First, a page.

Thai (Thai: ภาษาไทย, transcription: phasa thai) is the national language of Thailand, spoken by around eighty percent of the sixty million residents of the South-East Asian country. Linguists consider it an "uninflected, primarily monosyllabic, tonal language" in the "Ka-Tai group." The spoken language is believed to have originated in the area which is now the border between Vietnam and China, an idea which provides clues to the origin of the Thai people, an area of continued scholarly debate. Linguistically, the language is related to languages spoken in eastern Burma, northern Vietnam, Yunnan, and Laos.
The written Thai Language was introduced by the third Sukothai period king, Ramkamhaeng, in 1283. This writing system has undergone little change since its introduction, so inscriptions from the Sukothai era can be read by modern Thai readers. The writing was based on Pali, Sanskrit, and Indian concepts, and many Mon and Khmer words entered the language.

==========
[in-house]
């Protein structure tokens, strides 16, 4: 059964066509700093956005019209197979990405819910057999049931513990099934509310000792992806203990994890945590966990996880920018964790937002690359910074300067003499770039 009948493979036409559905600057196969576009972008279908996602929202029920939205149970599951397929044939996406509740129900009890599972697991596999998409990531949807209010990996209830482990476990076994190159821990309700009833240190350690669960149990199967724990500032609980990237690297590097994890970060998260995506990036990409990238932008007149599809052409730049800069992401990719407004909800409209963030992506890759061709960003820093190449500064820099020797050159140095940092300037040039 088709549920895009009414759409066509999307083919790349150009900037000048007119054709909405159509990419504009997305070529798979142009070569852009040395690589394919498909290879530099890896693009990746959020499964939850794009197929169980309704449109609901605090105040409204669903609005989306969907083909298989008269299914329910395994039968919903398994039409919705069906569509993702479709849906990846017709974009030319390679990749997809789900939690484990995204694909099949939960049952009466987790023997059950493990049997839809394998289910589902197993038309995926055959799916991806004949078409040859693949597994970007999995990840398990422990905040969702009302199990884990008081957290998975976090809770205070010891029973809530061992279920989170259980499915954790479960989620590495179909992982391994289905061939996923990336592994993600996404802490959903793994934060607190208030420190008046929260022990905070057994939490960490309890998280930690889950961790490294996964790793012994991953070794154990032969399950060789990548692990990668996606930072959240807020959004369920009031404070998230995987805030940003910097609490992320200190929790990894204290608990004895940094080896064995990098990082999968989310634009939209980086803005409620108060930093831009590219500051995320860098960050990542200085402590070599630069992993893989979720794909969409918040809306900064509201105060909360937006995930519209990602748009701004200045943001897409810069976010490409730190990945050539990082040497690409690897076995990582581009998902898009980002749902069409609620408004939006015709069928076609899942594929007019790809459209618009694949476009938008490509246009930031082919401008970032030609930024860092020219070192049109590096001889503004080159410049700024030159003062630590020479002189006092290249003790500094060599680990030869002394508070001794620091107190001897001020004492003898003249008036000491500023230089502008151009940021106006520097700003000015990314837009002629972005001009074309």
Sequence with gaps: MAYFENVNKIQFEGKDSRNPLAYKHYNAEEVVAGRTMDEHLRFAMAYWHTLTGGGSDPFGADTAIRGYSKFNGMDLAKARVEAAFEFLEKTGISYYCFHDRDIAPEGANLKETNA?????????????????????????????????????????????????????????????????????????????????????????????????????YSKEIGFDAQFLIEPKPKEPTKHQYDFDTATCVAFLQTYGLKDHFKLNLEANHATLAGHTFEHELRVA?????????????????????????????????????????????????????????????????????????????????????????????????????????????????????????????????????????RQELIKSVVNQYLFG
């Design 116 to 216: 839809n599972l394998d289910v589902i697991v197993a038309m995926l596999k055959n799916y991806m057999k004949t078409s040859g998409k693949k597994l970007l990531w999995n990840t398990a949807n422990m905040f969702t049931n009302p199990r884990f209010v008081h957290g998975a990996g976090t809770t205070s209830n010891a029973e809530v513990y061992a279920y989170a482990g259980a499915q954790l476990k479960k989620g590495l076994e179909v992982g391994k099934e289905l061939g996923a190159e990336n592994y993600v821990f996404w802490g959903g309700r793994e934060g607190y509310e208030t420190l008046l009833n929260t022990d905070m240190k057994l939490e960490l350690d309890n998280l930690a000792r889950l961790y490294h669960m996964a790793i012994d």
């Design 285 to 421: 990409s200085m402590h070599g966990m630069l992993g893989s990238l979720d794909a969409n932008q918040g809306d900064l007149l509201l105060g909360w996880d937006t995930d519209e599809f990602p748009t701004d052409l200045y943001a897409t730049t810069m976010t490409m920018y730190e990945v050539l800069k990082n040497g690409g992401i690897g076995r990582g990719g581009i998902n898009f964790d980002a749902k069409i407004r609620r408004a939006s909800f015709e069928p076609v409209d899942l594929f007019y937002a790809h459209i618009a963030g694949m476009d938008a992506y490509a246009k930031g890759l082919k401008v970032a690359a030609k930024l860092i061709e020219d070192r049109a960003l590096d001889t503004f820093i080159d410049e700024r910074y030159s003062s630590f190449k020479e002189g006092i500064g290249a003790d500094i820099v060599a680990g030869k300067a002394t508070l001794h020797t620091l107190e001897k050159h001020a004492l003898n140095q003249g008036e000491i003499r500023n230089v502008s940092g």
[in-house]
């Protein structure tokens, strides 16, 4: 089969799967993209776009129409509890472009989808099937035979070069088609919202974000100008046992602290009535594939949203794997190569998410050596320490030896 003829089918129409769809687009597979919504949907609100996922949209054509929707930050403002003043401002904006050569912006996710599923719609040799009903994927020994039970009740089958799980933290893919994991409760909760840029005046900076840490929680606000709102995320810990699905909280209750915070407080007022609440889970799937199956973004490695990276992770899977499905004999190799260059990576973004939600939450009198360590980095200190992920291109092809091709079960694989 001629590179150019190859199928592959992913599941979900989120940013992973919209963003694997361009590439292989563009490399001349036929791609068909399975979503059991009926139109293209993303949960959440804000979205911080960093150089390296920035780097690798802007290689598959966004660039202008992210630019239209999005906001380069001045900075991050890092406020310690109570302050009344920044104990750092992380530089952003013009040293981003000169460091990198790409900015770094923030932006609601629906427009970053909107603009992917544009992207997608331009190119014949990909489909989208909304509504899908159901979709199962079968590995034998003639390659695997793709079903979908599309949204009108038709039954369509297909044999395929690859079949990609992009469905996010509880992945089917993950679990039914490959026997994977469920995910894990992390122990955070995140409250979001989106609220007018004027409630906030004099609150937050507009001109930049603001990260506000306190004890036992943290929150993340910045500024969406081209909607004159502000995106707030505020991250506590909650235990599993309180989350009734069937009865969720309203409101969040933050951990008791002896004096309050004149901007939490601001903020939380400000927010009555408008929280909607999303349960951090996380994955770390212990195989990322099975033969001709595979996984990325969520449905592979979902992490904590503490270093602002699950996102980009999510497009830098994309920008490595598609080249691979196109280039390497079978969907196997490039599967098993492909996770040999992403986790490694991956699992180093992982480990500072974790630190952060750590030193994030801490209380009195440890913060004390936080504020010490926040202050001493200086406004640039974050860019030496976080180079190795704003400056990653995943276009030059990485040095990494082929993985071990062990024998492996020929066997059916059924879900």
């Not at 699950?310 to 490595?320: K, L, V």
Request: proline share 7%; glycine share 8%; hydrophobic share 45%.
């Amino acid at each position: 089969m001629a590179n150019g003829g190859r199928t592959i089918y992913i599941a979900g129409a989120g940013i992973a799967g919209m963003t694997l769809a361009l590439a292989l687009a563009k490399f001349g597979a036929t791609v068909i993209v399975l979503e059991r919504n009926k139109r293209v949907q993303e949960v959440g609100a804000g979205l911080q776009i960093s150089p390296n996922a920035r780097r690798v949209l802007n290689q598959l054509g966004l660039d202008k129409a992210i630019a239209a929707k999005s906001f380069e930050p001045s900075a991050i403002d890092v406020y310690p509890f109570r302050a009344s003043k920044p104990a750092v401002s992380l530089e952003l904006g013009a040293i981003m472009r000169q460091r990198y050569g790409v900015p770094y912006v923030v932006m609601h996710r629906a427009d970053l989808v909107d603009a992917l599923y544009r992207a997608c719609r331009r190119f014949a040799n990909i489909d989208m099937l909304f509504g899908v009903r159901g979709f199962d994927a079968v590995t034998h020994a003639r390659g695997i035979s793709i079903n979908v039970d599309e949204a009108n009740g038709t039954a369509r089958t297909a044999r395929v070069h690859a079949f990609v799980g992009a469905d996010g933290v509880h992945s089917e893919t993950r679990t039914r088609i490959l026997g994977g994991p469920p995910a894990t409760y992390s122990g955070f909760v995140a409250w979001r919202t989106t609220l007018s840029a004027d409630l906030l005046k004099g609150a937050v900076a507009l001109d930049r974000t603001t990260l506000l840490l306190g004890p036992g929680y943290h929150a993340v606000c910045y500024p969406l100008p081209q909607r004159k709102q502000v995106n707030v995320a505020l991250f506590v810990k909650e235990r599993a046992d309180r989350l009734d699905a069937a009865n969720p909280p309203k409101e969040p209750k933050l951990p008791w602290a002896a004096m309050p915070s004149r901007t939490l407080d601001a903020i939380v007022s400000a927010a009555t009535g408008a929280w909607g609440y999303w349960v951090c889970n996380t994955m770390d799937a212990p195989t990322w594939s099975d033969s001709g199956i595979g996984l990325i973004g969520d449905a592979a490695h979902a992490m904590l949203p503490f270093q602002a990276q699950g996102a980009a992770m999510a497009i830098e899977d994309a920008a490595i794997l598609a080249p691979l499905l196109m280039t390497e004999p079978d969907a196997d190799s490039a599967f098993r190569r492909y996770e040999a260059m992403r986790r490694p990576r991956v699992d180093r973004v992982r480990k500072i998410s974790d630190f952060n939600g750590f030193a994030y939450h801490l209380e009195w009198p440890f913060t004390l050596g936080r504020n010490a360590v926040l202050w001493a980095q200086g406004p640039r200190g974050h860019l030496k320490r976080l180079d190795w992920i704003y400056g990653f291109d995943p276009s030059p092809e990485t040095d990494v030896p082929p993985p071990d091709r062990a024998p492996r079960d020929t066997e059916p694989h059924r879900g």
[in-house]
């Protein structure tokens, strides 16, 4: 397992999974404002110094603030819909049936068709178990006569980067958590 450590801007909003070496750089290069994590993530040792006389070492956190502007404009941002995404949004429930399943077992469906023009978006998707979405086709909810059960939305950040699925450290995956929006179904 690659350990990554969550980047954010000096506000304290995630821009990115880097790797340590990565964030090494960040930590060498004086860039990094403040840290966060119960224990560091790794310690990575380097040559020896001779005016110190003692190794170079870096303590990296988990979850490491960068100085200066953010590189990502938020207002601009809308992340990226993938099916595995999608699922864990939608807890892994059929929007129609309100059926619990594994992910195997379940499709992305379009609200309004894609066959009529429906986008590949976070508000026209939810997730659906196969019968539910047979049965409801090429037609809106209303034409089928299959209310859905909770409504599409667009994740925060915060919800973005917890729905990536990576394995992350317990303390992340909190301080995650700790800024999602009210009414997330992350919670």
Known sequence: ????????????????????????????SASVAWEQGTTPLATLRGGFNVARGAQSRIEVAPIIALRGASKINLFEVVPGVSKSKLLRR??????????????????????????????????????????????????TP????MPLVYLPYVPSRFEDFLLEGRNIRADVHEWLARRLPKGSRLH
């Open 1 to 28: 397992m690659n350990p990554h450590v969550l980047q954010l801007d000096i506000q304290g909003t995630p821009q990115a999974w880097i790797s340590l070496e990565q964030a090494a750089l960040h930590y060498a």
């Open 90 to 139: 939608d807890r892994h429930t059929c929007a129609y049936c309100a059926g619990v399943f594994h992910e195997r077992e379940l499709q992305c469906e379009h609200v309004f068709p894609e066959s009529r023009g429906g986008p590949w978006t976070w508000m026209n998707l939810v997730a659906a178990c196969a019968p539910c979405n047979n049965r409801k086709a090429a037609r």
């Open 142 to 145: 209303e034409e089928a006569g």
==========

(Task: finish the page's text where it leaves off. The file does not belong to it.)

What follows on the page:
Within Thailand, there are four major dialects, corresponding to the southern, northern ("Yuan"), northeastern (close to Lao language), and central regions of the country; the latter is called Central Thai or Bangkok Thai and is taught in all schools, is used for most television broadcasts, and is widely understood in all regions. Nowadays, English is also taught in all public schools. There are a few minor Thai dialects such as Phuan and Lue, spoken by small populations. Also within Thailand, small ethnic minority groups (including so-called "hill tribes") account for around sixty languages which are not considered related to Thai.
The four primary dialects of Thai should not be confused with four different "languages" used by Thais in different social circumstances. For example, certain words are used only by Thai royalty, creating a royal language. There are also languages used for religious figures, polite everyday interactions, and gruff or crude communications.